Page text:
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(Solved already, I'm writing this for the next guy)

I was running git daemon on one computer and tried synchronizing with another.

On computer A, I ran:

git daemon --reuseaddr --base-path=. --export-all --verbose

On computer B, I ran:

git clone git://computerA/.git source # worked
cd source
git pull # worked
git push # failed with "fatal: The remote end hung up unexpectedly"

On computer A, the daemon output is:

[5596] Connection from
[5596] Extended attributes (16 bytes) exist <host=localhost>
[5596] Request receive-pack for '/.git'
[5596] 'receive-pack': service not enabled for './.git'
[5444] [5596] Disconnected (with error)

I'm going to post the soultion I found. If you have a more complete answer, please go ahead and add it.

share|improve this question
anyone using msysgit daemon on windows 'wanna know about the sendpack.sideband config-option at github.com/msysgit/git/issues/101#issuecomment-46114024 or alternatively use Git-1.7.4.rc1.3197.gbf965 (a more direct link here) – n611x007 Jun 18 '14 at 19:01
up vote 44 down vote accepted

Simply run

git daemon --reuseaddr --base-path=. --export-all --verbose --enable=receive-pack

(on computer A, instead of the original git daemon command), and the push works.

Note that you have to then run

git reset --hard

on computer A to make it "see" the changes from computer B.

Post Script

The problem with doing a hard reset is that it overwrites whatever local changes you had on computer A.

Eventually I realized it would make much more sense to have a separate repository (a bare clone) that doesn't have any files in it, then have computer B push to it and computer A pull from it. This way it can work both ways and merge all the changes in a smooth fashion. You can even have two bare clones, one on each computer, and push-pull between them.

share|improve this answer
Is there anything I can do to not have to run git reset --hard after a push to see the changes? – Rohit Jul 8 '09 at 20:27
Depends on why you don't want to run it. If you just want to minimize typing, you can set up a hook (check out utsl.gen.nz/git/post-update for an example). Otherwise, see my PS. – itsadok Jul 9 '09 at 6:44
I am using the other (non bare) repository as a backup on a mounted NAS. I could set up a simple backup script but that had some other problems. I'll check out the the hook thing and your script. Thanks a lot! – Rohit Jul 9 '09 at 13:31
Thank you so much... it worked for me! – Cristian Sep 27 '10 at 2:45
@Rohit If you're having issues pushing to a non-bare repository, try checking out another branch before pushing. If you're just using it as a backup, you'll always be able to check out your original branch in the future. I guess we don't really understand your problem domain. Maybe ask your question more fully in it's own Stack Overflow question. – Tim Snowhite May 30 '11 at 16:34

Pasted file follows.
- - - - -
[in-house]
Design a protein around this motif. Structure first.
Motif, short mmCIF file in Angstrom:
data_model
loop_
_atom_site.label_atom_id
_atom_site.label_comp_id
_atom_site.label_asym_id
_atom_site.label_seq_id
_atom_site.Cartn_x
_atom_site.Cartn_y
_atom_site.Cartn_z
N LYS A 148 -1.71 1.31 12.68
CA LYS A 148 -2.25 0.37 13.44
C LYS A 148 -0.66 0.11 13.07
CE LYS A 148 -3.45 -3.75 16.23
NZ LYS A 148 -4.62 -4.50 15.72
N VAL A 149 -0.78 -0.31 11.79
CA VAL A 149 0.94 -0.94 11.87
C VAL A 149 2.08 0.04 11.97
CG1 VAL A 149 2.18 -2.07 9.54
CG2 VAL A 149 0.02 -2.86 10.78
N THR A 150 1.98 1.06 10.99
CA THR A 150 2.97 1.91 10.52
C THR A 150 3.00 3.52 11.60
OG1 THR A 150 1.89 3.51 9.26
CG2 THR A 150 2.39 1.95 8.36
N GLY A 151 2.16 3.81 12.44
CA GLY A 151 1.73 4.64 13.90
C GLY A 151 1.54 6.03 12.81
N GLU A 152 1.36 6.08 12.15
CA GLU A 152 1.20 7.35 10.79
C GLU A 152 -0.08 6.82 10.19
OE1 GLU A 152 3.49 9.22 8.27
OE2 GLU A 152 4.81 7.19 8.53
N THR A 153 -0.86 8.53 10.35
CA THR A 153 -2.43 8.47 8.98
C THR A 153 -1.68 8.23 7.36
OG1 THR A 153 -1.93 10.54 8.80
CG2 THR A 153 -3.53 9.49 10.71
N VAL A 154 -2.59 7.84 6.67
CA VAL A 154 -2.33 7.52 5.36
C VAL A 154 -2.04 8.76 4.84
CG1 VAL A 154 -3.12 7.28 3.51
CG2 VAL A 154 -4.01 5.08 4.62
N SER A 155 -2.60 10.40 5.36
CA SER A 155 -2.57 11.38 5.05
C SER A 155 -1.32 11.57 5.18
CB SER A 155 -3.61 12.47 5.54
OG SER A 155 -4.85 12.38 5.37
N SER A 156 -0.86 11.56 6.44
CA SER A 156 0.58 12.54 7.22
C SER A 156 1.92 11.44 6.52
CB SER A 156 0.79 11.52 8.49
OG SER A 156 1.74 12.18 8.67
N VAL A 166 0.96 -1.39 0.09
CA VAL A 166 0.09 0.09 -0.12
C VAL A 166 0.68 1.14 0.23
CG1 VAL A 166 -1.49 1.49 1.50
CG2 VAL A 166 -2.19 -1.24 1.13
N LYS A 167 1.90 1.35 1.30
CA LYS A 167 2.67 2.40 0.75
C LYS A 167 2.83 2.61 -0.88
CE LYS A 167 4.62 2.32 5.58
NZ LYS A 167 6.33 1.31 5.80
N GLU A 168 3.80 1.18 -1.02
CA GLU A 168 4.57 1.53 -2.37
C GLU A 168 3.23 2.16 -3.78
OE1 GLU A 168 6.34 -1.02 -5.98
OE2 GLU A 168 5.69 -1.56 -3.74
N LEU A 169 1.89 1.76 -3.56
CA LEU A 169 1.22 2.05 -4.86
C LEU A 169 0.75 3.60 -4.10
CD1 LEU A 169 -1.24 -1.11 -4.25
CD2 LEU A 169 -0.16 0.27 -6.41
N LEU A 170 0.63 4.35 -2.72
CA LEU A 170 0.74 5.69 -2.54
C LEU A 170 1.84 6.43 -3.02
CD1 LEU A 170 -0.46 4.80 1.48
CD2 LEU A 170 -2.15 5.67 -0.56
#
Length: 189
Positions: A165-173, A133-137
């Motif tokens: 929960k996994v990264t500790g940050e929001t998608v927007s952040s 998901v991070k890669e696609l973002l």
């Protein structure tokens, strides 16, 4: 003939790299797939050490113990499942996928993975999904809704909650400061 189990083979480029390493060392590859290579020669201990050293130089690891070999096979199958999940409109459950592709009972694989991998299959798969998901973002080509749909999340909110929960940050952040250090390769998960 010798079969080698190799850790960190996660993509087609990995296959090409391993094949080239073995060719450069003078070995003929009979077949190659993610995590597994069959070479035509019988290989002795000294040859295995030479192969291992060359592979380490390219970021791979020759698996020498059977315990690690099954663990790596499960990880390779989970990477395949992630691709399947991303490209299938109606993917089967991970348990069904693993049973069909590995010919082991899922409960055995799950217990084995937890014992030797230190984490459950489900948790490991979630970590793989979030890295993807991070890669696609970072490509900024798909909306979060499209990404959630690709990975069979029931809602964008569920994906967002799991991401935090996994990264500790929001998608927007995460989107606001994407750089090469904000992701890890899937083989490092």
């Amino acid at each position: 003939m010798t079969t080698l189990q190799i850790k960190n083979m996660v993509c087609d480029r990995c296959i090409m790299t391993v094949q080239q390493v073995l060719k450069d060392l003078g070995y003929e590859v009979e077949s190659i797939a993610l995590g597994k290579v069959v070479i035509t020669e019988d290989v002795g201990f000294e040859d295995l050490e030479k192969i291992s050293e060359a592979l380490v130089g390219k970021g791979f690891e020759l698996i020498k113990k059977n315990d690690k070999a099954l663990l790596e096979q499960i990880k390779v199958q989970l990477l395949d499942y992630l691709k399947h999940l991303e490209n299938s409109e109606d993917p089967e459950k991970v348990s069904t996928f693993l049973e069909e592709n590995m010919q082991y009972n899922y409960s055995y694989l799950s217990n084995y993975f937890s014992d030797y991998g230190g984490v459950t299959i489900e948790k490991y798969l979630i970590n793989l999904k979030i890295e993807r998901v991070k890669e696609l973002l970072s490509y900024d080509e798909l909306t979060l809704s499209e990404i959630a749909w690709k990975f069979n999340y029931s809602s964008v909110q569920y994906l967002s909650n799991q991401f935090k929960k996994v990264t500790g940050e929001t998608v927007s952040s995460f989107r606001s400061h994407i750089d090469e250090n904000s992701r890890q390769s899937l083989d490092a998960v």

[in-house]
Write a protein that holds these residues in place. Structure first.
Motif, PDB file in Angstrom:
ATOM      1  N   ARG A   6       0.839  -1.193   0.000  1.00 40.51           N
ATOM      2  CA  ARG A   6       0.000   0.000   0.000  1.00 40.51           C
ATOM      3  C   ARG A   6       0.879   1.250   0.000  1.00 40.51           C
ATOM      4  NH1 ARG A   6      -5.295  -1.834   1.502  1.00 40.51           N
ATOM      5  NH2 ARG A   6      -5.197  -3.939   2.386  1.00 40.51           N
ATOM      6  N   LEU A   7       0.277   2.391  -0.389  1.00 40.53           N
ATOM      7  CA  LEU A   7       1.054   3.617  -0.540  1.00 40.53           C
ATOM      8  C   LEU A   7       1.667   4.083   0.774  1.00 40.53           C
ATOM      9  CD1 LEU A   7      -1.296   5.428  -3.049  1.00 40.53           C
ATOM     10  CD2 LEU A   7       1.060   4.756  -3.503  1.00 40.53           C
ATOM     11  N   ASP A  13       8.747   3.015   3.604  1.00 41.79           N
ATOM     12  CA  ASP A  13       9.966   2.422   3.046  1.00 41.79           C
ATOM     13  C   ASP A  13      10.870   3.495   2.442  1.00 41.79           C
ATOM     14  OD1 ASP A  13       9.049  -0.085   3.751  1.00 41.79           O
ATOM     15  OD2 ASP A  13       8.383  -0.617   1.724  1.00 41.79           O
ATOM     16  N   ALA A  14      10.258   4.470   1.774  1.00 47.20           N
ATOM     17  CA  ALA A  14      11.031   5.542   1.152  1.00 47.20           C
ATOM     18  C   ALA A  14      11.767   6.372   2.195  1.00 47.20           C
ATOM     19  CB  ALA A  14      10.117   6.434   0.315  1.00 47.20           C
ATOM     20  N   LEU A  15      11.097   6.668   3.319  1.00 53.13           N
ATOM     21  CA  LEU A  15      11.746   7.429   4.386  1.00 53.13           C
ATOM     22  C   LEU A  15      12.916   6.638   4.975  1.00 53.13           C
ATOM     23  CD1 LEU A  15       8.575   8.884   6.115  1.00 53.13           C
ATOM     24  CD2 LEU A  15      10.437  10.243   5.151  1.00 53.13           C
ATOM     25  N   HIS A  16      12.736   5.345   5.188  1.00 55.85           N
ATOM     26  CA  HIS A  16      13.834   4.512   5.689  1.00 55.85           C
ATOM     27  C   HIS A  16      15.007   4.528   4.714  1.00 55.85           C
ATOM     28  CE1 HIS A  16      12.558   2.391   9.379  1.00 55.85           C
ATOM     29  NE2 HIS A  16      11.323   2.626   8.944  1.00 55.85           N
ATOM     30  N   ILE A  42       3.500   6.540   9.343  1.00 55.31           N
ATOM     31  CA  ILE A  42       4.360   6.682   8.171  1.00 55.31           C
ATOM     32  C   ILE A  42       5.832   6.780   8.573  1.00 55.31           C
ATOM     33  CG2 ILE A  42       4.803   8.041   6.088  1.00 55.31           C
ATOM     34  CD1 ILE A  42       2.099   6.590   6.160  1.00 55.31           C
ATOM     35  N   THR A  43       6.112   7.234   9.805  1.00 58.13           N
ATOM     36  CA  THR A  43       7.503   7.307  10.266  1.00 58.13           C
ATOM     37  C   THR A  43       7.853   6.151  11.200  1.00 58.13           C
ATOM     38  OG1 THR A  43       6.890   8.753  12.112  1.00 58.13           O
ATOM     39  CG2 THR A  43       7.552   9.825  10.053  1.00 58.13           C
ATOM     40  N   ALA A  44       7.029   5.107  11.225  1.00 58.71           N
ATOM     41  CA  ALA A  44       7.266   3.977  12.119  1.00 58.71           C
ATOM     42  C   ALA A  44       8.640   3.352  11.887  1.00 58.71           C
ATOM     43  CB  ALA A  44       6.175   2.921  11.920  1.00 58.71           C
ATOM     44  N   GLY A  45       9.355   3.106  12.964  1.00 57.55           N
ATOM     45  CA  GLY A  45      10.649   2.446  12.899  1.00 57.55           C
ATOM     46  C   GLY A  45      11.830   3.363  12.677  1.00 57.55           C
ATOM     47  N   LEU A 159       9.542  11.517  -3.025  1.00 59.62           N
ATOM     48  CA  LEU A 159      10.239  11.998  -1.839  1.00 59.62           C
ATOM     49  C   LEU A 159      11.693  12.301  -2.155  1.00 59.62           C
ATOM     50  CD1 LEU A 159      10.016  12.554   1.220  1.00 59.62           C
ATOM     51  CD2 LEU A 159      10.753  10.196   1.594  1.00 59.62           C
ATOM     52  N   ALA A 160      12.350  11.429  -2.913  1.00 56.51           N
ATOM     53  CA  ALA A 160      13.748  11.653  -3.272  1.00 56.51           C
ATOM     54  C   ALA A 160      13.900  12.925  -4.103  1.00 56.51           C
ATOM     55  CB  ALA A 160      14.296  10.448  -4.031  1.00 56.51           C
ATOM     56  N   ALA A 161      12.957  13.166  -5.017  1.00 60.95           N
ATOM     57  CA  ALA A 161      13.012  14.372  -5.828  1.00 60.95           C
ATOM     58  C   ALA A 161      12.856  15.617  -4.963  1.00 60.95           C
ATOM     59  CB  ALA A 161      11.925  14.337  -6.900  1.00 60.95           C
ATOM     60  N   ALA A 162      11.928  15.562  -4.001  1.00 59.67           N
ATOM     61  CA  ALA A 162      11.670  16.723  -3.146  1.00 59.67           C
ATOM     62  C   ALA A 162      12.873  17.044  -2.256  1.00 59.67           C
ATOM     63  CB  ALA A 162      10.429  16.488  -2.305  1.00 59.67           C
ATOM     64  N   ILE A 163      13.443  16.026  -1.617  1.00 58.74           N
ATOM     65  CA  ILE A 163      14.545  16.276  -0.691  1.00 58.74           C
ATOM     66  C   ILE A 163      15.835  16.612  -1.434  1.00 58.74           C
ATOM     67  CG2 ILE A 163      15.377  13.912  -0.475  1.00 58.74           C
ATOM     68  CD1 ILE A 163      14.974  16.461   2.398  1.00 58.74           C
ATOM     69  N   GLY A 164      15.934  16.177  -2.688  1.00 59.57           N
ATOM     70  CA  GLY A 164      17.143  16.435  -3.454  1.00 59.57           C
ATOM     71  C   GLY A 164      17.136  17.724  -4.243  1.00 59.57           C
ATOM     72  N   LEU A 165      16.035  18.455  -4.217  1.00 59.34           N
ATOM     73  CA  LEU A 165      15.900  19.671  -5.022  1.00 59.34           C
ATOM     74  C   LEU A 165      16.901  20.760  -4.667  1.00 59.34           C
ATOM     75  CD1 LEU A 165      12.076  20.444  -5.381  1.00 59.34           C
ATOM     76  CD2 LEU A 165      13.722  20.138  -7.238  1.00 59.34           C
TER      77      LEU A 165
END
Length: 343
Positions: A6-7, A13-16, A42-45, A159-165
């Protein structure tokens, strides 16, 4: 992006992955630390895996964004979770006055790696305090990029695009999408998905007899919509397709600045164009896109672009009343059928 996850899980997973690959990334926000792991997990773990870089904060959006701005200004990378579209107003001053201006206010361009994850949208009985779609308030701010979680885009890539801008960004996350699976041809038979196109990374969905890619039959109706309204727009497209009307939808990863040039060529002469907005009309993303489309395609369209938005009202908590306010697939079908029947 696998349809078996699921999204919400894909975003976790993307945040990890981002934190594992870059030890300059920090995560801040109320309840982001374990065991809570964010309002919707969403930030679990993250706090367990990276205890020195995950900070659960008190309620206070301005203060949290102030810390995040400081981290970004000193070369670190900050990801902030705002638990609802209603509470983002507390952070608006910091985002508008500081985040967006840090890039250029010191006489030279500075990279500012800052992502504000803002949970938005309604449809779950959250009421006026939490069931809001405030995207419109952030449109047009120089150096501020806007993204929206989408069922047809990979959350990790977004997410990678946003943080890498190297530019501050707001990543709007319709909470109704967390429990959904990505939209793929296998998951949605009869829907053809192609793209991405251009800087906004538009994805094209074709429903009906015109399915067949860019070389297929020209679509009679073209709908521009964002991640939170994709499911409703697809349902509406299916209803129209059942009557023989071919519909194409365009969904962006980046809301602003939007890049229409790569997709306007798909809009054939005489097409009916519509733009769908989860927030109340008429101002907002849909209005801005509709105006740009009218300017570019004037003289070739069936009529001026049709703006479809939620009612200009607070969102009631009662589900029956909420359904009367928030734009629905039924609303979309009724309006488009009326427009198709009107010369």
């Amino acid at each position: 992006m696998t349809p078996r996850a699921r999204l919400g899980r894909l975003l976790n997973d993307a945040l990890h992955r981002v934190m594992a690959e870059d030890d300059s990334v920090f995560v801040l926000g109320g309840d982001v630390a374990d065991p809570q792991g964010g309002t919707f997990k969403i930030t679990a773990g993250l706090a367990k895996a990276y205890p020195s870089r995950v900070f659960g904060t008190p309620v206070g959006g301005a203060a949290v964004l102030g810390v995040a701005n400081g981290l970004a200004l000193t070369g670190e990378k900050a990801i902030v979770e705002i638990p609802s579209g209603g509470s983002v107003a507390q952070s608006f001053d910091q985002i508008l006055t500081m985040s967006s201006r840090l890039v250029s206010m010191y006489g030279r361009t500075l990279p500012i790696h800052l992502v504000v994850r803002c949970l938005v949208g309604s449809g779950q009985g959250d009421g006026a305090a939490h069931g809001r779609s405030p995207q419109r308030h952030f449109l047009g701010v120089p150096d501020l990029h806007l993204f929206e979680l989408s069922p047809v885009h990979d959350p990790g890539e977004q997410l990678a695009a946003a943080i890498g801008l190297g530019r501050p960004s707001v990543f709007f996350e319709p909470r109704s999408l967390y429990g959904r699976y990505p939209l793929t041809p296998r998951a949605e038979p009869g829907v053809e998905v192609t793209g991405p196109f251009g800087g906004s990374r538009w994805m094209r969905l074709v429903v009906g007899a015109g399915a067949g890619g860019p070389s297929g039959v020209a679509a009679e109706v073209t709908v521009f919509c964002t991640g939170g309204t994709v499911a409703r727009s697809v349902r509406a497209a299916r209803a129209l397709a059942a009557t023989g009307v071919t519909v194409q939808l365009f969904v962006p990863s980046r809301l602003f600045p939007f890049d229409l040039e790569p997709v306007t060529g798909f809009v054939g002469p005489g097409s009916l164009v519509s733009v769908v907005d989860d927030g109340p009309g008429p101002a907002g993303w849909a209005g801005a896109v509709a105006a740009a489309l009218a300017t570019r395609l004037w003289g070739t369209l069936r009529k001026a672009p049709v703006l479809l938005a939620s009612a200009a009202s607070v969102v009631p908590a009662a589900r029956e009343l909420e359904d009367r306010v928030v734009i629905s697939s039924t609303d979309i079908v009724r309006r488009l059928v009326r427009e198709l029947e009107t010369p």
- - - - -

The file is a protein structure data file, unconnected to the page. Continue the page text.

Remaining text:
I encountered this error, but the solution seems different for those using git-http-backend. (git push/pull/clone over http instead of ssh or git)

This must be done on the remote server, and is best done on creation. (last line can be run independently if repo already exists / is in use)

$ mkdir eddies  # MAKE folder for repo
$ chown -R eddie:websrv eddies/  #ensure apache (webserver) can access it
$ cd eddies/
$ git --bare init --shared
Initialized empty shared Git repository in /var/git/eddies/
$ ls
branches  config  description  HEAD  hooks  info  objects  refs
$ git config --file config http.receivepack true
share|improve this answer
YOu can also add SetEnv REMOTE_USER=$REDIRECT_REMOTE_USER to your apache config aparrently to get around this command. – Eddie Aug 22 '11 at 16:55
See the full solution stackoverflow.com/questions/3947530/git-push-fatal-failed/… – Eddie Aug 24 '11 at 15:50
This is the solution that solved my issue (had existing local repo, created bare remote repo on windows server, trying to push via http, getting 403 error) – Dale Smith Jan 7 '13 at 15:40

I have some issue with the git reset --hard so here is my alternative solution.

On the local cloned repo make a branch

git checkout -b my_new_branch

on the remote origin repo enable the receive-pack service

git daemon --reuseaddr --base-path=. --export-all --verbose --enable=receive-pack

push the new branch to remote origin

git push origin my_new_branch

merge the new branch on origin with

git merge my_new_branch
share|improve this answer

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